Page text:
I have been away with my family. I would call it a holiday, but the dictionary definition of a holiday is ‘an extended period of leisure and recreation, especially one spent away from home or in travelling.’ I went to a different country with my family for two weeks, and we all stayed in one room. There were moments of leisure and there were also moments of toil, which is the antonym of leisure. That’s the thing with my family. We are either high or low, and never all at the same time. If four of us were laughing, you can bet that the fifth one was crying. We never all wanted to eat in the same place, or at the same. We never wanted to share food in theory, but we wanted to try other people’s. We could not agree on the correct air conditional temperature, or the volume of the TV (Oh my God, who are these people who can’t have the volume on an odd number?)
I decided to treat myself to two weeks off caring about mess. My middle daughter (bless her) announced ‘well, if mum is going to be a slob then I suppose I’ll have to do everything.’ But her idea of tidying involves shouting and hiding things in drawers so no one can find them. She made the beds so neatly that the house keepers stopped coming and we had to go and beg for towels and loo paper.
I don’t like fast rides, or rides that spin, or rides that get you wet, or shake you about too much. I can’t even stand next to rollercoasters as they make me feel whizzy and I have to sit down. As you can imagine, this makes accompanying me to amusement park parks very unamusing (dictionary definition).
I spent a lot of time on my own by the pool reading books, which suited me fine as when my family are in the pool, they want to do madcap things like hand stands and getting their shoulders and hair wet.
Bliss made me join in with a poolside game. We had to walk round some hula hoops that had been laid on the (roasting hot) floor. When the music stopped you had to hop into one of the hoops. If the DJ called the colour of the hula hoop you were stood in, then you were out. Bliss got out on the first go (blue), so the game continued with just me and ten very small children.
Mostly, I read books and ate a lot of cheese and an awful lot of frozen yoghurt with sprinkles. I drank pints of iced vanilla coffee and tucked into sugar cookies before and after dinner.
The thing with having a break is that all your normal day to day worries are lifted, like a fog, leaving the ones you bury even deeper down to come rising to the surface.
One night, I sat in a wheelchair (auto immune and humid weather don’t always get on) outside The Fast and the Furious ride, pouring my heart out to my husband as the children queued up. I told him all my insecurities about my work, and my regrets about not running a marathon before I got Rheumatoid Arthritis and how much I still don’t understand why I didn’t say no to something I should have vehemently said no to many years ago. I talked for a long, long time. And there was a long silence and then he said, ‘I think if I’d started football coaching when I was younger, I’d be working with a professional team by now.’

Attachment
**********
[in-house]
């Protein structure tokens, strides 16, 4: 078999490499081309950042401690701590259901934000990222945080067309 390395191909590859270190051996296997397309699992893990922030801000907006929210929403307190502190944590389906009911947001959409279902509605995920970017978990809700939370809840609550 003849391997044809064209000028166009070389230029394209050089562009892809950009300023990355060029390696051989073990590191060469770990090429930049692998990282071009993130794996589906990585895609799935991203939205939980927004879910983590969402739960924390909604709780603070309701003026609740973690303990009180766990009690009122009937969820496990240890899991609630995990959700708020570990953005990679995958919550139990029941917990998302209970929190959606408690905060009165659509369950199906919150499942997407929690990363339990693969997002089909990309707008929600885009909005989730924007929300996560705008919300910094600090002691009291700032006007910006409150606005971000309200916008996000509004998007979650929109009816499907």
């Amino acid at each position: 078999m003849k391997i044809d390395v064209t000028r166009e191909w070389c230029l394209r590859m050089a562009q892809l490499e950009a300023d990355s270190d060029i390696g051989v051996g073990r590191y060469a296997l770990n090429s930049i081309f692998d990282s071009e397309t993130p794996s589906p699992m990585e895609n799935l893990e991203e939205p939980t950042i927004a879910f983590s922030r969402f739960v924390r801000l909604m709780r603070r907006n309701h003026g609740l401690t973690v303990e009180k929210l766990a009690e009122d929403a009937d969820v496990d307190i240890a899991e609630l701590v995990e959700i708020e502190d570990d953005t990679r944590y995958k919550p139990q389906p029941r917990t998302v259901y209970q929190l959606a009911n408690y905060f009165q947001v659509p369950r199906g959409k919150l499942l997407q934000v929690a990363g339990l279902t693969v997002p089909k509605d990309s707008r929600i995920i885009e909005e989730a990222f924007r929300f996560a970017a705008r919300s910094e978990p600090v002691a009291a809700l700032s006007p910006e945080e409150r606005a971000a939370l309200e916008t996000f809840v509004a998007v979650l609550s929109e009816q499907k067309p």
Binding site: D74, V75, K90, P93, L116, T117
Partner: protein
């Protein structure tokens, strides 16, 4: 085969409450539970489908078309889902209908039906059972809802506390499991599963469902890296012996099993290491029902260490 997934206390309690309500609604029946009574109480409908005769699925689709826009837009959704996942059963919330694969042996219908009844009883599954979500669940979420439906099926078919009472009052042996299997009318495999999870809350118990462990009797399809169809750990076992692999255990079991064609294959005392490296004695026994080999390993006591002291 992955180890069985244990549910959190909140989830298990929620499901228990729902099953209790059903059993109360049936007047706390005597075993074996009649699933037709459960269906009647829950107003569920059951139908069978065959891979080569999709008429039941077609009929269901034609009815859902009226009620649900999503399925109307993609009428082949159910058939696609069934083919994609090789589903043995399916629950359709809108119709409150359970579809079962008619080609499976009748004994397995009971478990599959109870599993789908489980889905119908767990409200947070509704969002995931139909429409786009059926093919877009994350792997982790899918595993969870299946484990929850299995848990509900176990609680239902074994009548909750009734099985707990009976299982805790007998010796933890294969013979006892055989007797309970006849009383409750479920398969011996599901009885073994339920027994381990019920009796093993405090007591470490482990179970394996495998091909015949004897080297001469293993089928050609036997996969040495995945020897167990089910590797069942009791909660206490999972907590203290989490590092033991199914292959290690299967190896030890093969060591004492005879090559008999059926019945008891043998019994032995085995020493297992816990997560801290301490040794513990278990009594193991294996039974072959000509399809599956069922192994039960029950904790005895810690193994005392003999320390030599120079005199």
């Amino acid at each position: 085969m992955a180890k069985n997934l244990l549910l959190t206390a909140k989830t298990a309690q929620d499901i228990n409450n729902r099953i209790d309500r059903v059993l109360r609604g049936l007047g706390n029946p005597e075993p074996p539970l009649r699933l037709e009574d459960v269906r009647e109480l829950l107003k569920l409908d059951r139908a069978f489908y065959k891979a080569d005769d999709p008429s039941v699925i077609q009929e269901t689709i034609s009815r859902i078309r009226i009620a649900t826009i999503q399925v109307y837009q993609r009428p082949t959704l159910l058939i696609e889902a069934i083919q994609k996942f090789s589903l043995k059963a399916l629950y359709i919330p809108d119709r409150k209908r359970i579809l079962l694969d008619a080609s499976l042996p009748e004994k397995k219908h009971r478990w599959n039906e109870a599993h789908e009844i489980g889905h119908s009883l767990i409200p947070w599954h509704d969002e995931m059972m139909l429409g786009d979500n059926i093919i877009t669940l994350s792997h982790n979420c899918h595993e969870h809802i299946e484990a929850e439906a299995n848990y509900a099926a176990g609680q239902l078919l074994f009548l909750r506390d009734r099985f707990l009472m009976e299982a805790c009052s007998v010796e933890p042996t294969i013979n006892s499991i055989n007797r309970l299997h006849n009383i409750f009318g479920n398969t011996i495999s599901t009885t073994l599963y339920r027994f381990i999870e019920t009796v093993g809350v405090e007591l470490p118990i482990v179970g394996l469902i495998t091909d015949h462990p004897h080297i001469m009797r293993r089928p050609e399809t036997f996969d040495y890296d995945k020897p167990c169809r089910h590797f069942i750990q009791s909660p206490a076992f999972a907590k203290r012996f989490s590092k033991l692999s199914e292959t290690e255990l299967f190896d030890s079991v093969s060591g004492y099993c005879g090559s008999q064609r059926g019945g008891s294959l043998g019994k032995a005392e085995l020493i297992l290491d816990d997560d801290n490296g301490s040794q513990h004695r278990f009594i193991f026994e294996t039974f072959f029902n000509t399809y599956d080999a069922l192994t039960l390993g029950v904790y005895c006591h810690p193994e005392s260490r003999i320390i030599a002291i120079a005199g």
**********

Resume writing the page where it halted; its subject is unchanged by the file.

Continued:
That was it. Nothing about his own regrets or insecurities. He was in a bit of a dilemma about washing his hat because it smelled but at the same time, he didn’t want to wash his hat. Deep stuff. I could have kicked him, but he was pushing my wheelchair. I settled for cramming a giant jam donut in my mouth instead.
I really missed my dogs. I asked every single Uber driver if they had a dog. I did impressions of dogs for the people who did not speak English or understand my accent. Four members of my family laughed at these impressions, and I got cross because everyone knows the word ‘dog’, right?
I did do an exclusive event at the local Barnes and Nobel, which is the American Waterstones. They ordered twenty copies of Dog Days, and set me up on table by the door, so people could see me as they walked in… and then absolutely ignore me. James flirted two lady pensioners into buying a book (one told me about her trip to Sunderland for a long time first). One lad asked me if he could take a selfie with me but didn’t buy my book. It wasn’t even in the photo. I drank London Fog which is earl grey tea with vanilla syrup and steamed milk and tried to look approachable. I must have done it wrong because two hours later, no one else had approached me and the shop was closing. The friends I made in Target came along to see me which was nice. We got talking at the toy section. I was contemplating a Bob Ross Pop Head. They told me Bob Ross is buried in Florida. His grave was only 20 minutes away from the hotel but guess how many people in my family didn’t want to go and see ‘some weird old man’s headstone’?
They got a copy of my book, which I sort of feel bad about, because I know one of them is saving up to have a meet and greet photo opportunity with Warwick Davis at the next Comic Con which is a far cooler thing to drop cash on.
I thought I would be happy to be home, back with my beasts, in my own bed, with my own pillow, andI am, but also not because – washing. And housework. And dieting. And a peeling tan. And that feeling that perhaps I didn’t make the most of it. I could I have fitted in a couple more grilled cheese sandwiches, another slice of that apple cinnamon pie. Maybe the Revenge of The Mummy ride would have been fun afterall.